Friday, July 20, 2012

Ethiopia 2 - Goodbye...for Now

There are two ways to take off a band-aid: you can either rip it off quickly and get it over with, or go slowly and extend the pain.  Our departure from Ethiopia was more like going slowly and extending the pain.

Okay, maybe I'm being a little dramatic, but when I think back to our departure, I still feel a sadness and heartache.

Our goodbye's started the first full day we were in Ethiopia.  Our new friends, Jen and Trevor, were flying out that evening. Our new friend Kristine flew out the next day, and as we waited with her for her driver to come the time passed much too quickly. 

A few days later our new friends Becky and Andrew flew into Ethiopia, but departed just days after that while we remained.  We consoled ourselves by hanging out with another family from Denmark who was adopting and staying in Ethiopia indefinitely until their son's visa was ready. 

Wouldn't you know it, the day after Becky and Andrew flew out, the Danish family got clearance and left too!  We said a heavy goodbye to them and then were alone.

That was unfortunately the same day that we took our leave from our agency's driver and translator.  With tears in our eyes, we said goodbye at our guest house gate.  Our translator said, "I'm really going to miss you guys.  You're so everyone."  What a compliment.  I can say the same of her.  Spending time with her was a treasure, and I don't know if or when I'll see her again.

I think that was the hardest part of all of these goodbyes.  They weren't, "Okay, see you next week!" or "Can't wait to see you next month!" or even "Let's get together next year!"  I don't know if or when I'll see any of these wonderful people again.

And then came the hardest goodbye.  Saying goodbye to Ethiopia.

As I mentioned before, my time in Ethiopia wasn't easy.  I struggled, as evidenced by my journal entry from April 13:
"I want to be in a place where I just understand the norms and expectations.  I want to make coffee if I want it.  Oh, how I long for fresh-baked chocolate chip cookies!  I want a laundry bin for my clothes that are dirty and access to a washing machine to throw in a load of dirty clothes at my leisure.  I want more than one room so that when my daughter is sleeping I can turn the pages of a book and not fear waking her up.  I want my food, my space, my routine."
I was homesick, and I thought I would be ready to say goodbye to Ethiopia when it was time.  However, when our day of departure dawned I wasn't ready at all.

With slow steps, I made my way through our guest house one last time.  I knew that people came in and out of this place all the time, but this was the place where my life changed forever.  It was a sacred space to me.  We snapped some last-minute photos of the room and grounds to treasure and then waited beside our bags for our driver to arrive.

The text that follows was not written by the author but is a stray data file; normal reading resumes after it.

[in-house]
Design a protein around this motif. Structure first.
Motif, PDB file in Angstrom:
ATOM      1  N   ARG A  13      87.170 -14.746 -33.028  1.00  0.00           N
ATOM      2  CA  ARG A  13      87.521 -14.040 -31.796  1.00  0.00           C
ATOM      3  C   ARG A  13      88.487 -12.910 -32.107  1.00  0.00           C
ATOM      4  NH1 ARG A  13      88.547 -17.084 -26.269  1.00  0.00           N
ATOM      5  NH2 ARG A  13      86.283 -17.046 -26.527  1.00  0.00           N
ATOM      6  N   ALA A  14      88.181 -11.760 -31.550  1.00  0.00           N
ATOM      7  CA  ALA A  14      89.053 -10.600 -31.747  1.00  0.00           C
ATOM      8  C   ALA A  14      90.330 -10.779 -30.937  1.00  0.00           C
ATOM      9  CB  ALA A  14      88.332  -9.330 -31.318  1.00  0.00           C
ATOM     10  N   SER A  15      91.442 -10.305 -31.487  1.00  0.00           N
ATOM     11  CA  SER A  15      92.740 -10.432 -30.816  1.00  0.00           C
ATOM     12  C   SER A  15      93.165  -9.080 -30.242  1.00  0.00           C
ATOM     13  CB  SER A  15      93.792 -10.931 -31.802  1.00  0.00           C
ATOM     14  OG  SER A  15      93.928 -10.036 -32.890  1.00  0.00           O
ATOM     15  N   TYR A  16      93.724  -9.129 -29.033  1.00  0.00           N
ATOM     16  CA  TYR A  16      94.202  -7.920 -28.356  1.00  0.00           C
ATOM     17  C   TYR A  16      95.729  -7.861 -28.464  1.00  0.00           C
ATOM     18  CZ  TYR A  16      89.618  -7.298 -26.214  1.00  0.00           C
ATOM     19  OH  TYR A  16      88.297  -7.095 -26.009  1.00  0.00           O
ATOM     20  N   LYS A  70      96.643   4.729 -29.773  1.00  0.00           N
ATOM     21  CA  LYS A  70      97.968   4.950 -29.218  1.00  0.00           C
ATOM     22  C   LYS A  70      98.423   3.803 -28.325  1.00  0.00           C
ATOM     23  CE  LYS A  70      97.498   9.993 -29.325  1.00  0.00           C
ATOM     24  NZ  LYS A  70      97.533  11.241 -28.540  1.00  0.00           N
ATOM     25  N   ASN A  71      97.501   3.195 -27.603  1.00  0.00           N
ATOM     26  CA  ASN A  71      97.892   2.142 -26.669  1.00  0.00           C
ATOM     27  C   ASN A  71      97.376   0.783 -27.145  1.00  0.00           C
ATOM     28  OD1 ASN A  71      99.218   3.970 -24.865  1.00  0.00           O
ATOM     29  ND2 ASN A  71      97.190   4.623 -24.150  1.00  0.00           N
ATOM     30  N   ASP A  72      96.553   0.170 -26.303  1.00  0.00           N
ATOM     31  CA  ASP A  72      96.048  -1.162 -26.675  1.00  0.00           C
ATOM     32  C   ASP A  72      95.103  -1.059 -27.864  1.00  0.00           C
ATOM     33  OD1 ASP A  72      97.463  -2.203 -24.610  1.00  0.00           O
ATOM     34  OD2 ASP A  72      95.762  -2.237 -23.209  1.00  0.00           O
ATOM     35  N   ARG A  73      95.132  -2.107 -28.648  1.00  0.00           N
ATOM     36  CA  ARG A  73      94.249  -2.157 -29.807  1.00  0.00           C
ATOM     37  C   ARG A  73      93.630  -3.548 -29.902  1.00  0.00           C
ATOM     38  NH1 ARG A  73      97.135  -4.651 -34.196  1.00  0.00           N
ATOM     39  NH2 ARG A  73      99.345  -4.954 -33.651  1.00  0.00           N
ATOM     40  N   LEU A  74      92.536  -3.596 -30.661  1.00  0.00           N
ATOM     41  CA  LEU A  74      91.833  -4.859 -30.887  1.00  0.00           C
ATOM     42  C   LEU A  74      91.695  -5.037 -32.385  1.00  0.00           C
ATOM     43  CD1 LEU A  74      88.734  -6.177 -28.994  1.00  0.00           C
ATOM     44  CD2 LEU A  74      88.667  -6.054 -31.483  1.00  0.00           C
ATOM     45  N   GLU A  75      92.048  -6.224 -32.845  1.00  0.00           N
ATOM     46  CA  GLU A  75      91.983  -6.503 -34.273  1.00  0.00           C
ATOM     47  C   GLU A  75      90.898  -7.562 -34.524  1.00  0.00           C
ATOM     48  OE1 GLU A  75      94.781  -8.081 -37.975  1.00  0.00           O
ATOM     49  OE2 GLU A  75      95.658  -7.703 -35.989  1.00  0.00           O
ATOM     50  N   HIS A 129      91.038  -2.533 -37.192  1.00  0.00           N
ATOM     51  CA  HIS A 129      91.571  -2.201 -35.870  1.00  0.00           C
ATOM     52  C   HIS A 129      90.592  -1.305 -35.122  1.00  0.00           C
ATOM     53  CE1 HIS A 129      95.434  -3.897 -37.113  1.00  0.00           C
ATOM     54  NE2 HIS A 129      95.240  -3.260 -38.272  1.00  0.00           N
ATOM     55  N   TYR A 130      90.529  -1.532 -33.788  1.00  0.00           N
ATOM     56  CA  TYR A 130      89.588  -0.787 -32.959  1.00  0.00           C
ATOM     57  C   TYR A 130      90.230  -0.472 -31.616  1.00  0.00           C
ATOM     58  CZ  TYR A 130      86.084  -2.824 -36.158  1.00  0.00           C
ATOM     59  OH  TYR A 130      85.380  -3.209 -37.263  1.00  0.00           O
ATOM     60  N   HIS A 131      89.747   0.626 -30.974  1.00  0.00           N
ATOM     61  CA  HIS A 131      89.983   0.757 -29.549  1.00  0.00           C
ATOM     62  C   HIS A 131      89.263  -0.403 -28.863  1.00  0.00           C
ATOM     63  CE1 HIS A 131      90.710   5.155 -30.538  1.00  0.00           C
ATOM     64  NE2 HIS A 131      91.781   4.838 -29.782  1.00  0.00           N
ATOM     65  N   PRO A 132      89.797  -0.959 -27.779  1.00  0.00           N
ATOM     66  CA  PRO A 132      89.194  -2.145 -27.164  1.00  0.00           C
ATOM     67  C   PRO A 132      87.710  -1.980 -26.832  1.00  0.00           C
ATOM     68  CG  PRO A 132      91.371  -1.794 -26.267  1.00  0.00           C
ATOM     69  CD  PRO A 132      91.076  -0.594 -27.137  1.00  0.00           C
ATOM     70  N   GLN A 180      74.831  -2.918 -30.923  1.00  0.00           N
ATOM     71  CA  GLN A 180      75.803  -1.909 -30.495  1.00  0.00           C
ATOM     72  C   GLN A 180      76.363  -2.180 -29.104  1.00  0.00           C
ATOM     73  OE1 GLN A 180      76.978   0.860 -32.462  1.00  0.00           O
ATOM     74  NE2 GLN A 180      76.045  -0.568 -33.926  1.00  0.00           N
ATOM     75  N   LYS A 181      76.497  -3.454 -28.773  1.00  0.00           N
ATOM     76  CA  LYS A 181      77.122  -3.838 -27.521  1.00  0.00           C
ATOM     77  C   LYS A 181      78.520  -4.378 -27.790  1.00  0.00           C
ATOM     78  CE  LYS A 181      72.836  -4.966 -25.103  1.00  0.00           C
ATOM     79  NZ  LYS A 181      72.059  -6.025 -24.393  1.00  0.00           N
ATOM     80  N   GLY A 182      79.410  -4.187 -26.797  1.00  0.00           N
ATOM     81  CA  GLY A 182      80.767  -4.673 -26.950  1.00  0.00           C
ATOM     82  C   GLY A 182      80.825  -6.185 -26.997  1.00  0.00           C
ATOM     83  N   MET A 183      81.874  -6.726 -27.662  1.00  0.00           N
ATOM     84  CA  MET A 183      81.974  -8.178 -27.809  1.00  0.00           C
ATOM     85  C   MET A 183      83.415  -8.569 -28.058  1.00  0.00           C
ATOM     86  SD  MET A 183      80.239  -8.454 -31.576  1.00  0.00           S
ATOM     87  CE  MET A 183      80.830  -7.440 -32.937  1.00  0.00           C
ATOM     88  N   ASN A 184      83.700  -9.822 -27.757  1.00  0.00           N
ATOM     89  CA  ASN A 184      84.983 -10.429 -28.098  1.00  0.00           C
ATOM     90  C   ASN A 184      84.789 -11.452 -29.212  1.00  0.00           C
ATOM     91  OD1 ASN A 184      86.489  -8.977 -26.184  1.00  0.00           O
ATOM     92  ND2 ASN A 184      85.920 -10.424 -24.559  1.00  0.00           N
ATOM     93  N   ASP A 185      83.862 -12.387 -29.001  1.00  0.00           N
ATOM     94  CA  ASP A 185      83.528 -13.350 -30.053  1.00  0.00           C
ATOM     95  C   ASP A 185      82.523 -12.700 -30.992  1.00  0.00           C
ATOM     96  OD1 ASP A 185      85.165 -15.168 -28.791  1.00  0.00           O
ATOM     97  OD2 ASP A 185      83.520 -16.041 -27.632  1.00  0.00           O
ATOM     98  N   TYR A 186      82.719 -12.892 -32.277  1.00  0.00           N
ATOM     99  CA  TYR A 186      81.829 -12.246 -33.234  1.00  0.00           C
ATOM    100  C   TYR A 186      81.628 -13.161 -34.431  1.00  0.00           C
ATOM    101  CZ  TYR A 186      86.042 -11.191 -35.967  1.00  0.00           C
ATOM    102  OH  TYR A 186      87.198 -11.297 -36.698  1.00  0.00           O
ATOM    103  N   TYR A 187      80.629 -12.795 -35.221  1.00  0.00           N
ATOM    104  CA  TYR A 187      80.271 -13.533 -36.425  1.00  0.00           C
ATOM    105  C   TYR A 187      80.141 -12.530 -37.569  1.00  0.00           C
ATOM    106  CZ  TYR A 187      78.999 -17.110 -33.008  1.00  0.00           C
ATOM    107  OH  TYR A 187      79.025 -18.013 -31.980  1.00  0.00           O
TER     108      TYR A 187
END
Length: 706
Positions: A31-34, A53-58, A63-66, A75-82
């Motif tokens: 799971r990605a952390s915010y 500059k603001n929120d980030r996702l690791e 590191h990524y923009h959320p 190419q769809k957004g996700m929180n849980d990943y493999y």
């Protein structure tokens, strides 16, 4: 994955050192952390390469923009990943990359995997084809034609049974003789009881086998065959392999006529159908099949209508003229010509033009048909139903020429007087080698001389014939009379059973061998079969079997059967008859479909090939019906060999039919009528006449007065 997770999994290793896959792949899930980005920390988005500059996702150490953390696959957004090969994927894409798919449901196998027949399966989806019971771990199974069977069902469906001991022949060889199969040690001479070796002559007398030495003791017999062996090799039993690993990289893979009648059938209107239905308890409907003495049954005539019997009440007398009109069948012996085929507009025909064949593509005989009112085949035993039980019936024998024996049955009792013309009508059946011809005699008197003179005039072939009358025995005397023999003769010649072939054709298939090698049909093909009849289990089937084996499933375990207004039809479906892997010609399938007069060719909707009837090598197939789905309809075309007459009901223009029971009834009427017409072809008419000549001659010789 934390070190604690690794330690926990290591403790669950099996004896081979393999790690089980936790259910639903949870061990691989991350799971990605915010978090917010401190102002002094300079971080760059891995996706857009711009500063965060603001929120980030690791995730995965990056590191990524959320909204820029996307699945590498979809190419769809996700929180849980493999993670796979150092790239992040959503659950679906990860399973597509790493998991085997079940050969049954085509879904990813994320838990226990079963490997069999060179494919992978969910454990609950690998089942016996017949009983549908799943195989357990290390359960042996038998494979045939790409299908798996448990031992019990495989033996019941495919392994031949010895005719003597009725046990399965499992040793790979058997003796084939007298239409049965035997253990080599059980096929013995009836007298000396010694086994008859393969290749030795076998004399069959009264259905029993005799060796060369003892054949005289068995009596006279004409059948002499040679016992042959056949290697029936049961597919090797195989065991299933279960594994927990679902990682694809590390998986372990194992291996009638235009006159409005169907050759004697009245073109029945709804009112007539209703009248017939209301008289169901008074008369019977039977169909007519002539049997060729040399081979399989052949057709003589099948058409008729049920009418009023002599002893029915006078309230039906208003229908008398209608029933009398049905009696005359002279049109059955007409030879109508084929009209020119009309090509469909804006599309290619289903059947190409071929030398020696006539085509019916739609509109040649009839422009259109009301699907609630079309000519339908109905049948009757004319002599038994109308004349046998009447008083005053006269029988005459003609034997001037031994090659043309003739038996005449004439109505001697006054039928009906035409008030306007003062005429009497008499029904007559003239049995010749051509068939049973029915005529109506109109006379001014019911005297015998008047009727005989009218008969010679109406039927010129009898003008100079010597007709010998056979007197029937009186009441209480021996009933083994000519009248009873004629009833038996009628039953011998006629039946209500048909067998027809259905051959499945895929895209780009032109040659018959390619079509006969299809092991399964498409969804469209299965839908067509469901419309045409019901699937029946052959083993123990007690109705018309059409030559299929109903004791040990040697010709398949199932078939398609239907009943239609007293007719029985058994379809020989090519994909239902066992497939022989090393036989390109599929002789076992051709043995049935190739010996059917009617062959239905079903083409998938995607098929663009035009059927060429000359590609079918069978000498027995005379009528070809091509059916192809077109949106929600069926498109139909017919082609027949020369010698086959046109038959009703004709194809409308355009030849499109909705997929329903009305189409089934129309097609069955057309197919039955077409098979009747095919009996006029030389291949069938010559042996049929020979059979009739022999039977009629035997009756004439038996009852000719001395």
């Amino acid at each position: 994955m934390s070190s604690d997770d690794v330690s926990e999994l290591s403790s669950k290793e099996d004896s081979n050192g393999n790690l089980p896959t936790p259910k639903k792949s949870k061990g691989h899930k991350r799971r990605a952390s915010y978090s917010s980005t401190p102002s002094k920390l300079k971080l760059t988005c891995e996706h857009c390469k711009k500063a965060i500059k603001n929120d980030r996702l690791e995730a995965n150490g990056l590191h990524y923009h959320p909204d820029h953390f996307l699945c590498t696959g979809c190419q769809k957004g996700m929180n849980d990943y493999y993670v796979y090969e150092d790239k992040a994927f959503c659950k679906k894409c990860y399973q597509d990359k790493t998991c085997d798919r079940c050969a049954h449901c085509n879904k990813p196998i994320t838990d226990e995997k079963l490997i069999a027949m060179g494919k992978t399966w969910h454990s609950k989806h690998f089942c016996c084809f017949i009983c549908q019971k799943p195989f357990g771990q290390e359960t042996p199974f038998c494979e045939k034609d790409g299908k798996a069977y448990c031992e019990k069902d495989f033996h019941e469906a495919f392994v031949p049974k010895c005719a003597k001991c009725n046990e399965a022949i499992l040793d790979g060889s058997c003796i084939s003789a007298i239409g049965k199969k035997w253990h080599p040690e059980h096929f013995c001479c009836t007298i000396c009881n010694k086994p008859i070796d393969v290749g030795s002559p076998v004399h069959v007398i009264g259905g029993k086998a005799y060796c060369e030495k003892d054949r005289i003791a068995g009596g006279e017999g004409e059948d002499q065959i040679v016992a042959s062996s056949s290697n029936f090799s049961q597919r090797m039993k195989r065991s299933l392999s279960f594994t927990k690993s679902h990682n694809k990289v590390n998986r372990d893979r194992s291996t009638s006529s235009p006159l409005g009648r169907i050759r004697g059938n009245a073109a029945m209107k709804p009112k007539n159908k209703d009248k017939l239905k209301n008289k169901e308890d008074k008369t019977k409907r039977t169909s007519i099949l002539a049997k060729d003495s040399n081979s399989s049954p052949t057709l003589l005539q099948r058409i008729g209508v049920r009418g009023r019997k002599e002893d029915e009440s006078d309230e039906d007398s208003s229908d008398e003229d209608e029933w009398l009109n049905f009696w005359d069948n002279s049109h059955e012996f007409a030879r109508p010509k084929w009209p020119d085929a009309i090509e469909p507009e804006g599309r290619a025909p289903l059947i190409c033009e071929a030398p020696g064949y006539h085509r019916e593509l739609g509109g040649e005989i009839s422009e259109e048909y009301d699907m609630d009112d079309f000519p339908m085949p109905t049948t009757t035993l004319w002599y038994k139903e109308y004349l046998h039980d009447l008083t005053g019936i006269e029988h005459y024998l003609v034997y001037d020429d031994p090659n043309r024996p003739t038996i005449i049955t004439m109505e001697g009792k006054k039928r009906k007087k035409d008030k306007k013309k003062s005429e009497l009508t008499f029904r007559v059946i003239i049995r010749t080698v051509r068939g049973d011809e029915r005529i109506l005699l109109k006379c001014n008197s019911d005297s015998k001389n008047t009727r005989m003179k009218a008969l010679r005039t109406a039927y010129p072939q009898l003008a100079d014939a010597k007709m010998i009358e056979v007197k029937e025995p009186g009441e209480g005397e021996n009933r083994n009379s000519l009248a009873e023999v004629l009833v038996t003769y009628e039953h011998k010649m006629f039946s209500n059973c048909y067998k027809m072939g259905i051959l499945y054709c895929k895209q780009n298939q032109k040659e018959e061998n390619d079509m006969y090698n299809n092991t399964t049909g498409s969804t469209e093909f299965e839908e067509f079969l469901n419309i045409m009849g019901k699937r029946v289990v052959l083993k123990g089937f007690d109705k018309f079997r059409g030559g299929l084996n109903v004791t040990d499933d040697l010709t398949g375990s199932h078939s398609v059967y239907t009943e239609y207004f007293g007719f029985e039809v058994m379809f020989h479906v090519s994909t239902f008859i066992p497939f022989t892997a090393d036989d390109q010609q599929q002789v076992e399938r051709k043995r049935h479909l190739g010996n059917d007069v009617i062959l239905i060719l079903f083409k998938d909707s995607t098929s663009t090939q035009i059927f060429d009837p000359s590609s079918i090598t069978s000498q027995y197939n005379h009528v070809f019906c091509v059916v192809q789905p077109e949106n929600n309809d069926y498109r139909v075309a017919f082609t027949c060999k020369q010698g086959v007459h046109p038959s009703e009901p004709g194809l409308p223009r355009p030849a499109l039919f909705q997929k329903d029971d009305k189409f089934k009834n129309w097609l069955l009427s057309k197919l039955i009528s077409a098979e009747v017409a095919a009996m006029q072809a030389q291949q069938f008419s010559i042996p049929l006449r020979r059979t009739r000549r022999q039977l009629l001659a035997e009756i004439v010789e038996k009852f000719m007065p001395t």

My eyes started to pool as we sat with our luggage.  I kept saying to Zac, "I don't know why I feel like crying.  I don't know what's wrong."  I tried looking up at the sky to keep the tears from falling because I didn't want to look like a goon in front of the guest house staff or the driver when he came to pick us up.

I managed to hold it together (for the most part) until our driver got there.  As we drove from the guest house and through the streets of Addis to the airport, the tears came.  This was my last time driving down these roads...for how long?  When would I return?  Under what circumstances?  Would it ever be possible for me to come back again?

We arrived at the airport all too soon, unloaded the car, and headed toward the doors.  The sky was overcast and it was sprinkling.  The weather seemed to fit. 

My feet were dragging as we got closer and closer to the doors.  I wasn't ready to say goodbye.  You know how in a marriage the two individuals become one?  I think that same thing happens once you have a child.  Feven and I are joined in a very powerful way.  She is my daughter.  And because Ethiopia is her birth country, I am also joined to Ethiopia in a powerful way.  It is a part of me now.  I wish there was some way to forever keep one foot in Ethiopia and one foot here in the states.

I looked up to take one last mental picture before turning around and walking inside.  I stood on the sidewalk as people passed by me and I studied the mountains.  I took in the buildings and tin roofs.  I watched the low, gray clouds moving across the sky.  Ethiopia.

Goodbye, for now.  I hope we meet again soon.

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